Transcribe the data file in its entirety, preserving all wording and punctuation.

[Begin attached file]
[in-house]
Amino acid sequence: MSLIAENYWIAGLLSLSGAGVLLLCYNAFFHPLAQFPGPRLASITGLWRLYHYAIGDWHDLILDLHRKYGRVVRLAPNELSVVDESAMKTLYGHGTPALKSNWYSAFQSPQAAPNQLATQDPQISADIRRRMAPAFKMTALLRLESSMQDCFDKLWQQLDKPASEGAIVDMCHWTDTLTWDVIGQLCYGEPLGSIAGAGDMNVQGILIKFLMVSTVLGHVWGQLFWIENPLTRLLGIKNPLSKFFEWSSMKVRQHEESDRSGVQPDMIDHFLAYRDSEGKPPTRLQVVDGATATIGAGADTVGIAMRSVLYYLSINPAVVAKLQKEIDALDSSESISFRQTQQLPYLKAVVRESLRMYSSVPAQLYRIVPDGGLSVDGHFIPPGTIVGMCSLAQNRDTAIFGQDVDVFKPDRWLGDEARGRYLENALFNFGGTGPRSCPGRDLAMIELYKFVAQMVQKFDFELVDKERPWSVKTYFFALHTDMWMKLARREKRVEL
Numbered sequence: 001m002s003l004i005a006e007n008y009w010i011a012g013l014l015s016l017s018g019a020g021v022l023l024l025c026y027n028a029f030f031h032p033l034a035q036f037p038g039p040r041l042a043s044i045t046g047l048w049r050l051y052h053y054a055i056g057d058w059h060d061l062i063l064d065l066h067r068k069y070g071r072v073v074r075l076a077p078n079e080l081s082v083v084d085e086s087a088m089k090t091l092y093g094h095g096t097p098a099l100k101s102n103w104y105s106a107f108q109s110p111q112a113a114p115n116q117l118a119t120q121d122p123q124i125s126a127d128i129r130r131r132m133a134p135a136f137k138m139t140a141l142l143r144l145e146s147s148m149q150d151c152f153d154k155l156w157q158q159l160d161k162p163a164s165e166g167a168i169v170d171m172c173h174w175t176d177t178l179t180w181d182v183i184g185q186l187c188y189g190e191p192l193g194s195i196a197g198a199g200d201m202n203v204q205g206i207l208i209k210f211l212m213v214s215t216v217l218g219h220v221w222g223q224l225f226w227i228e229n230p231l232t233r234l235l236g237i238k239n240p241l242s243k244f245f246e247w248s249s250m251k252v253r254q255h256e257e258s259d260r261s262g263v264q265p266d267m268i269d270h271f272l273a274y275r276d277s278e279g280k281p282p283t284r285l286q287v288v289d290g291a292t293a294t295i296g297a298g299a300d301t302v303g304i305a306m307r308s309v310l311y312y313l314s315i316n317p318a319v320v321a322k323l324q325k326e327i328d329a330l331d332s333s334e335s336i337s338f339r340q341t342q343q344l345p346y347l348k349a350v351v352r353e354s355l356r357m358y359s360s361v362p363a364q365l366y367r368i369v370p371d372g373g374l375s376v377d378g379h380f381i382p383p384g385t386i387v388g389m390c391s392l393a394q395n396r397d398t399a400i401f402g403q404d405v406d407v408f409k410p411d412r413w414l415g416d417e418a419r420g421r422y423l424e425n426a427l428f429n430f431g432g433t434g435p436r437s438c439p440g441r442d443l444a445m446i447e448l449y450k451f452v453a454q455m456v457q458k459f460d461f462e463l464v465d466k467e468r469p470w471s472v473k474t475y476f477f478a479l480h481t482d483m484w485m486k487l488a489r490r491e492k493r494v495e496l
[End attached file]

[in-house]
Amino acid sequence: MSLIAENYWIAGLLSLSGAGVLLLCYNAFFHPLAQFPGPRLASITGLWRLYHYAIGDWHDLILDLHRKYGRVVRLAPNELSVVDESAMKTLYGHGTPALKSNWYSAFQSPQAAPNQLATQDPQISADIRRRMAPAFKMTALLRLESSMQDCFDKLWQQLDKPASEGAIVDMCHWTDTLTWDVIGQLCYGEPLGSIAGAGDMNVQGILIKFLMVSTVLGHVWGQLFWIENPLTRLLGIKNPLSKFFEWSSMKVRQHEESDRSGVQPDMIDHFLAYRDSEGKPPTRLQVVDGATATIGAGADTVGIAMRSVLYYLSINPAVVAKLQKEIDALDSSESISFRQTQQLPYLKAVVRESLRMYSSVPAQLYRIVPDGGLSVDGHFIPPGTIVGMCSLAQNRDTAIFGQDVDVFKPDRWLGDEARGRYLENALFNFGGTGPRSCPGRDLAMIELYKFVAQMVQKFDFELVDKERPWSVKTYFFALHTDMWMKLARREKRVEL
Numbered sequence: 001m002s003l004i005a006e007n008y009w010i011a012g013l014l015s016l017s018g019a020g021v022l023l024l025c026y027n028a029f030f031h032p033l034a035q036f037p038g039p040r041l042a043s044i045t046g047l048w049r050l051y052h053y054a055i056g057d058w059h060d061l062i063l064d065l066h067r068k069y070g071r072v073v074r075l076a077p078n079e080l081s082v083v084d085e086s087a088m089k090t091l092y093g094h095g096t097p098a099l100k101s102n103w104y105s106a107f108q109s110p111q112a113a114p115n116q117l118a119t120q121d122p123q124i125s126a127d128i129r130r131r132m133a134p135a136f137k138m139t140a141l142l143r144l145e146s147s148m149q150d151c152f153d154k155l156w157q158q159l160d161k162p163a164s165e166g167a168i169v170d171m172c173h174w175t176d177t178l179t180w181d182v183i184g185q186l187c188y189g190e191p192l193g194s195i196a197g198a199g200d201m202n203v204q205g206i207l208i209k210f211l212m213v214s215t216v217l218g219h220v221w222g223q224l225f226w227i228e229n230p231l232t233r234l235l236g237i238k239n240p241l242s243k244f245f246e247w248s249s250m251k252v253r254q255h256e257e258s259d260r261s262g263v264q265p266d267m268i269d270h271f272l273a274y275r276d277s278e279g280k281p282p283t284r285l286q287v288v289d290g291a292t293a294t295i296g297a298g299a300d301t302v303g304i305a306m307r308s309v310l311y312y313l314s315i316n317p318a319v320v321a322k323l324q325k326e327i328d329a330l331d332s333s334e335s336i337s338f339r340q341t342q343q344l345p346y347l348k349a350v351v352r353e354s355l356r357m358y359s360s361v362p363a364q365l366y367r368i369v370p371d372g373g374l375s376v377d378g379h380f381i382p383p384g385t386i387v388g389m390c391s392l393a394q395n396r397d398t399a400i401f402g403q404d405v406d407v408f409k410p411d412r413w414l415g416d417e418a419r420g421r422y423l424e425n426a427l428f429n430f431g432g433t434g435p436r437s438c439p440g441r442d443l444a445m446i447e448l449y450k451f452v453a454q455m456v457q458k459f460d461f462e463l464v465d466k467e468r469p470w471s472v473k474t475y476f477f478a479l480h481t482d483m484w485m486k487l488a489r490r491e492k493r494v495e496l